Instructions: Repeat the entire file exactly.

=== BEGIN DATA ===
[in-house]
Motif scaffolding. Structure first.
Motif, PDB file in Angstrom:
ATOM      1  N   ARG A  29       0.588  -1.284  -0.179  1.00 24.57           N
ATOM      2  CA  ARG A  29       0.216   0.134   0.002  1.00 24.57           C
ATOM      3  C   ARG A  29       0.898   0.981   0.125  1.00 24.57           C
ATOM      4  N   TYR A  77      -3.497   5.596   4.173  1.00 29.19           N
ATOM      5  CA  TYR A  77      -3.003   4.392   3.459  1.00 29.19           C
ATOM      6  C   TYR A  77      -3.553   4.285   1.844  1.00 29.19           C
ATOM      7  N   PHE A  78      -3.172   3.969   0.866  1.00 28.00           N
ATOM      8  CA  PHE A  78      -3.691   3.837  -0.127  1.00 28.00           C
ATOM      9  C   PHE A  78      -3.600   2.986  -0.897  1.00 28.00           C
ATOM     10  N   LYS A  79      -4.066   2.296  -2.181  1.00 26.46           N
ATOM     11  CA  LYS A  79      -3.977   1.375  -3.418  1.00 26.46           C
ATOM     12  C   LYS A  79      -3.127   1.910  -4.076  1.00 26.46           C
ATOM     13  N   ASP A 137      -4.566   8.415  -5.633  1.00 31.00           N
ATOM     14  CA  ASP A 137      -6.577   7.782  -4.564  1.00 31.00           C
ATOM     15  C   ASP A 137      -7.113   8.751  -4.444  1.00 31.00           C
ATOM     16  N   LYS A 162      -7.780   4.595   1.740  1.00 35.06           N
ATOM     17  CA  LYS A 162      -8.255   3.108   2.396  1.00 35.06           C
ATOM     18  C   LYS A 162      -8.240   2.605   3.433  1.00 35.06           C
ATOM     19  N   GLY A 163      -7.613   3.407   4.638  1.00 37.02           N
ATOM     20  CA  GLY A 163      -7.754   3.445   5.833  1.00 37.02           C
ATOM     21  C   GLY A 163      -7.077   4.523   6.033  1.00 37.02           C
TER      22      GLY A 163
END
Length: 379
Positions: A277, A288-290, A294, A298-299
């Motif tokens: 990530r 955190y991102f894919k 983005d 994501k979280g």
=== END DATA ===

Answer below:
[in-house]
Motif scaffolding. Structure first.
Motif, PDB file in Angstrom:
ATOM      1  N   ARG A  29       0.588  -1.284  -0.179  1.00 24.57           N
ATOM      2  CA  ARG A  29       0.216   0.134   0.002  1.00 24.57           C
ATOM      3  C   ARG A  29       0.898   0.981   0.125  1.00 24.57           C
ATOM      4  N   TYR A  77      -3.497   5.596   4.173  1.00 29.19           N
ATOM      5  CA  TYR A  77      -3.003   4.392   3.459  1.00 29.19           C
ATOM      6  C   TYR A  77      -3.553   4.285   1.844  1.00 29.19           C
ATOM      7  N   PHE A  78      -3.172   3.969   0.866  1.00 28.00           N
ATOM      8  CA  PHE A  78      -3.691   3.837  -0.127  1.00 28.00           C
ATOM      9  C   PHE A  78      -3.600   2.986  -0.897  1.00 28.00           C
ATOM     10  N   LYS A  79      -4.066   2.296  -2.181  1.00 26.46           N
ATOM     11  CA  LYS A  79      -3.977   1.375  -3.418  1.00 26.46           C
ATOM     12  C   LYS A  79      -3.127   1.910  -4.076  1.00 26.46           C
ATOM     13  N   ASP A 137      -4.566   8.415  -5.633  1.00 31.00           N
ATOM     14  CA  ASP A 137      -6.577   7.782  -4.564  1.00 31.00           C
ATOM     15  C   ASP A 137      -7.113   8.751  -4.444  1.00 31.00           C
ATOM     16  N   LYS A 162      -7.780   4.595   1.740  1.00 35.06           N
ATOM     17  CA  LYS A 162      -8.255   3.108   2.396  1.00 35.06           C
ATOM     18  C   LYS A 162      -8.240   2.605   3.433  1.00 35.06           C
ATOM     19  N   GLY A 163      -7.613   3.407   4.638  1.00 37.02           N
ATOM     20  CA  GLY A 163      -7.754   3.445   5.833  1.00 37.02           C
ATOM     21  C   GLY A 163      -7.077   4.523   6.033  1.00 37.02           C
TER      22      GLY A 163
END
Length: 379
Positions: A277, A288-290, A294, A298-299
């Motif tokens: 990530r 955190y991102f894919k 983005d 994501k979280g």